Learning from mistakes is a vital lesson in life, be it your own mistakes or someone else’s. We use this inherited knowledge every day to make important life decisions and shape the future. A new open-access protocols repository gives researchers the ability to share and discover knowledge quickly.
The Supreme Court ruled Monday against the Obama administration's attempt to limit power plant emissions of mercury and other hazardous air pollutants, but it may only be a temporary setback for regulators. The justices split 5 to 4 along ideological lines to rule that the EPA failed to take cost into account when it first decided to regulate the toxic emissions from coal- and oil-fired plants.
A new study has improved our understanding of a spectacular phenomena, called sprites, which are fireworks-like electrical discharges, sometimes preceded by halos of light, in earth's upper atmosphere. It has been long thought that atmospheric gravity waves play an important role in the initiation of sprites but no previous studies provided convincing arguments to support that idea.
More than 2,000 people from Chicago without Alzheimer’s were cognitively tested every three years for 18 years. The study found that mistakes on memory and thought tests may give an indication of the future onset of Alzheimer’s, up to 18 years before diagnosis, according to a new study.
New research hopes to close the debate on whether a major mud volcano disaster in Indonesia was triggered by an earthquake or had man-made origins.
The dramatic resurgence of whooping cough has puzzled public health officials, who have pointed to the waning effectiveness of the current vaccine and growing anti-vaccine sentiment as the most likely culprits. But that might not be the whole story.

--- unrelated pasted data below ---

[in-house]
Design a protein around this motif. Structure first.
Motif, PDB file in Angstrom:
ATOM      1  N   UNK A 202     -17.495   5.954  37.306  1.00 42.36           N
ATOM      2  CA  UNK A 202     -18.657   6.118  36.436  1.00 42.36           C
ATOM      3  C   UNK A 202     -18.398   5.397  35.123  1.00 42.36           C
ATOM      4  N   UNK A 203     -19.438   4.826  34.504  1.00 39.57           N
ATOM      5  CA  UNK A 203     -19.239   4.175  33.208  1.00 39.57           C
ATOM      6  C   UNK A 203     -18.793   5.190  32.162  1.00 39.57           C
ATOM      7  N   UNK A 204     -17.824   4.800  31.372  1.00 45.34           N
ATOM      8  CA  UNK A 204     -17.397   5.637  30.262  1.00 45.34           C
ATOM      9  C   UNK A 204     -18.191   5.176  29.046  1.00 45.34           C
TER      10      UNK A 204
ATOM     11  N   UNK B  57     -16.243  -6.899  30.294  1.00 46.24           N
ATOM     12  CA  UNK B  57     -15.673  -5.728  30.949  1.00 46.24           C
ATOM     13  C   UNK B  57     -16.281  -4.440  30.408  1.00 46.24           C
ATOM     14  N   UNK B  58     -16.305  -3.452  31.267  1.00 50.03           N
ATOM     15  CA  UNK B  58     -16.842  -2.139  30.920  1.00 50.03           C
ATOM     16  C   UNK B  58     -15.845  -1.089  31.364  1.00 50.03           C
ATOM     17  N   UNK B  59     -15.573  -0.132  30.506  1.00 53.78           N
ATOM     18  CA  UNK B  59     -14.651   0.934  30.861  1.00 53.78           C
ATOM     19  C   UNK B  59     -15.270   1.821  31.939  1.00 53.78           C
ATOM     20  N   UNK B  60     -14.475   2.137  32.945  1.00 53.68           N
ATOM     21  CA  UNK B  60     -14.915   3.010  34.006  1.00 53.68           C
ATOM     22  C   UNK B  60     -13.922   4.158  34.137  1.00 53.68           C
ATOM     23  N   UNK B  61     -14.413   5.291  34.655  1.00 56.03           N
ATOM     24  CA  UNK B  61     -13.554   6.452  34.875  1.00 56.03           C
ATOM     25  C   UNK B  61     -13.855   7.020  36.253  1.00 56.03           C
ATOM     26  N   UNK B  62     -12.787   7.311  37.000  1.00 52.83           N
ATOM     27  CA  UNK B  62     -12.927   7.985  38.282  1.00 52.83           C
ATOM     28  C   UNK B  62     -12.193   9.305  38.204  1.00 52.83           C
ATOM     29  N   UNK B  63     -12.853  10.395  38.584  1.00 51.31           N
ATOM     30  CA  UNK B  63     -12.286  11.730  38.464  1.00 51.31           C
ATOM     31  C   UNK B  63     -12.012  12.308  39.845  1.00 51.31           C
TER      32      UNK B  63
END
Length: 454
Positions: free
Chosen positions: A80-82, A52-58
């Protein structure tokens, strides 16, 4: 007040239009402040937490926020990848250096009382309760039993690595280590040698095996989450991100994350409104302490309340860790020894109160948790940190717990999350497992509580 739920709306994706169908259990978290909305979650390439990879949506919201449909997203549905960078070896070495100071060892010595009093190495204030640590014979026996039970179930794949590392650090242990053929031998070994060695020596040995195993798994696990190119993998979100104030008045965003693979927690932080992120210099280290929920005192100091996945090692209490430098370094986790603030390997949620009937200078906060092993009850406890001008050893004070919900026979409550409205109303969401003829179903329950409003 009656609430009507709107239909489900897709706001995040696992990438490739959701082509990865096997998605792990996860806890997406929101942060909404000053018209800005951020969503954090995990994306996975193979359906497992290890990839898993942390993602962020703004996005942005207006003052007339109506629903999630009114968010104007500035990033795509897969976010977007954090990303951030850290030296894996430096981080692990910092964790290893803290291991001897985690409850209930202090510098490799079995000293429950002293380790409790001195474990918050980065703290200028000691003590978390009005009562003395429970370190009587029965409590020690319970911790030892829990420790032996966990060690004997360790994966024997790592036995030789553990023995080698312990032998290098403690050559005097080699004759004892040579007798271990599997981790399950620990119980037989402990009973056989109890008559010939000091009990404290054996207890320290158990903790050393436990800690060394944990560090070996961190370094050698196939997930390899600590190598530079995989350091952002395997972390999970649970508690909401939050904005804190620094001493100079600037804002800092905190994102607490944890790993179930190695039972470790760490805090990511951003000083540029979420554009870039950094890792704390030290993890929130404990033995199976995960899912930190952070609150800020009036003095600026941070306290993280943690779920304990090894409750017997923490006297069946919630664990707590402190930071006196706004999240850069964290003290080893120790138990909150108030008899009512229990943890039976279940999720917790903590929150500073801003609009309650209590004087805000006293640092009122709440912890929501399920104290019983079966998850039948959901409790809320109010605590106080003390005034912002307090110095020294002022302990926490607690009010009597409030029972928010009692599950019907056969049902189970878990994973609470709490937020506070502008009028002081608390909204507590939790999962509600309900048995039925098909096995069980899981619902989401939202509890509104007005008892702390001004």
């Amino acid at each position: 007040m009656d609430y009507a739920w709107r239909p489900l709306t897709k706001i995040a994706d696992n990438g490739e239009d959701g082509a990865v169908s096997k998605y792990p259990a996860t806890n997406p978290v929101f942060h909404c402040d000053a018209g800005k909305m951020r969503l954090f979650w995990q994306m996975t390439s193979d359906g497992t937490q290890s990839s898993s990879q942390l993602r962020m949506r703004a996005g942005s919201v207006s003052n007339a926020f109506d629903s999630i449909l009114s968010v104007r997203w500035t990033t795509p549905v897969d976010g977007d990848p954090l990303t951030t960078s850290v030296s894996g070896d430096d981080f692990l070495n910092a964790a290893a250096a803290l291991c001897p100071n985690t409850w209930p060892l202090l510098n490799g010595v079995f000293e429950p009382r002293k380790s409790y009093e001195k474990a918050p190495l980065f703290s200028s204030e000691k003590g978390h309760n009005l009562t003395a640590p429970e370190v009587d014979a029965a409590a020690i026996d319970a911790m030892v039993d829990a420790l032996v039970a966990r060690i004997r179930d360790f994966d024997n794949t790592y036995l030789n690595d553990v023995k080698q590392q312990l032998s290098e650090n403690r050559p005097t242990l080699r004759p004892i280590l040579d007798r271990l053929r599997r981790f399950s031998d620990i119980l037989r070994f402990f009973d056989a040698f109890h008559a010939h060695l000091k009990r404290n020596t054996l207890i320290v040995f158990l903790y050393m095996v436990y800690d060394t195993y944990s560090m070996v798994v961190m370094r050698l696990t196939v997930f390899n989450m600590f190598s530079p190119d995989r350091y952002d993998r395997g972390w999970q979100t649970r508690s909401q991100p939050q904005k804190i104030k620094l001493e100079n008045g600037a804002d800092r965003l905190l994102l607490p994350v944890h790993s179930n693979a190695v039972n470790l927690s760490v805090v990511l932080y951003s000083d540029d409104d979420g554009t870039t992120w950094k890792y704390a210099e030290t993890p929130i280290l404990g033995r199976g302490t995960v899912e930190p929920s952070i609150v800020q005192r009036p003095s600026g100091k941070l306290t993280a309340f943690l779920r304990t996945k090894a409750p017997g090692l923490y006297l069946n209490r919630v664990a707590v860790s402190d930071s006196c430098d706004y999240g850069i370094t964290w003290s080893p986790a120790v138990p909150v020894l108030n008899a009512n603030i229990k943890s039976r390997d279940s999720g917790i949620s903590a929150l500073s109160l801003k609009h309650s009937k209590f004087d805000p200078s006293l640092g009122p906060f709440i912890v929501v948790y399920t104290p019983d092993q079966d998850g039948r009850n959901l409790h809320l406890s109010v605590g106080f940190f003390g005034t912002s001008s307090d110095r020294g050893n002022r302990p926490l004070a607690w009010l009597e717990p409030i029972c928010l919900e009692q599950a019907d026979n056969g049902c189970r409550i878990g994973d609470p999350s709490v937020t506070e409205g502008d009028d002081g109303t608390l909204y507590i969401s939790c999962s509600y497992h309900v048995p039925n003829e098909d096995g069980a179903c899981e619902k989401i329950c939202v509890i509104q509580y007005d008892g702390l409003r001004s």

Scientists have described how glasses form at the molecular level and provided a possible solution to a problem that has stumped scientists for decades.
Flagship product — a birth-control microchip — is backed by the Bill and Melinda Gates Foundation.
The frenzied killing left as many as 1 million dead in just 100 days. But amid the chaos of the 1994 Rwanda genocide, the nation’s lions were also wiped out. Now, two decades after they were killed in the country-wide horror, the big cats are being brought back.
Nearly two-thirds of Americans with Alzheimer's disease are women, and now some scientists are questioning the long-held assumption that it's just because they tend to live longer than men. What else may put woman at extra risk? Could it be genetics? Biological differences in how women age? Maybe even lifestyle factors?
Strictly speaking, a day lasts 86,400 seconds. However, the day will officially be a bit longer than usual on Tuesday, June 30, 2015, because an extra second, or "leap" second, will be added.
The Periodic Table may not sound like a list of ingredients but, for a group of materials scientists, it’s the starting point for designing the perfect chemical make-up of tomorrow’s jet engines.
The growing appetite for truffles is feeding demand for dogs trained to sniff out the pungent fungus prized by chefs and foodies. As more landowners plant orchards in hopes of harvesting truffles, more dogs are being trained to detect the earthy delicacies, which take several years to ripen on tree roots underground.
Concrete is like a living body, in that it can self-heal its own small wounds— cracks— as an intrinsic characteristic. However, cracks do not heal easily in conventional concrete because of its rather brittle nature, which calls into question the effectiveness of self-healing in conventional concrete materials with no control over crack formation.
The editors of Laboratory Equipment want you to start your week with a smile on your face. So, here’s a science joke you might like. Q: What should you never call a research scientist?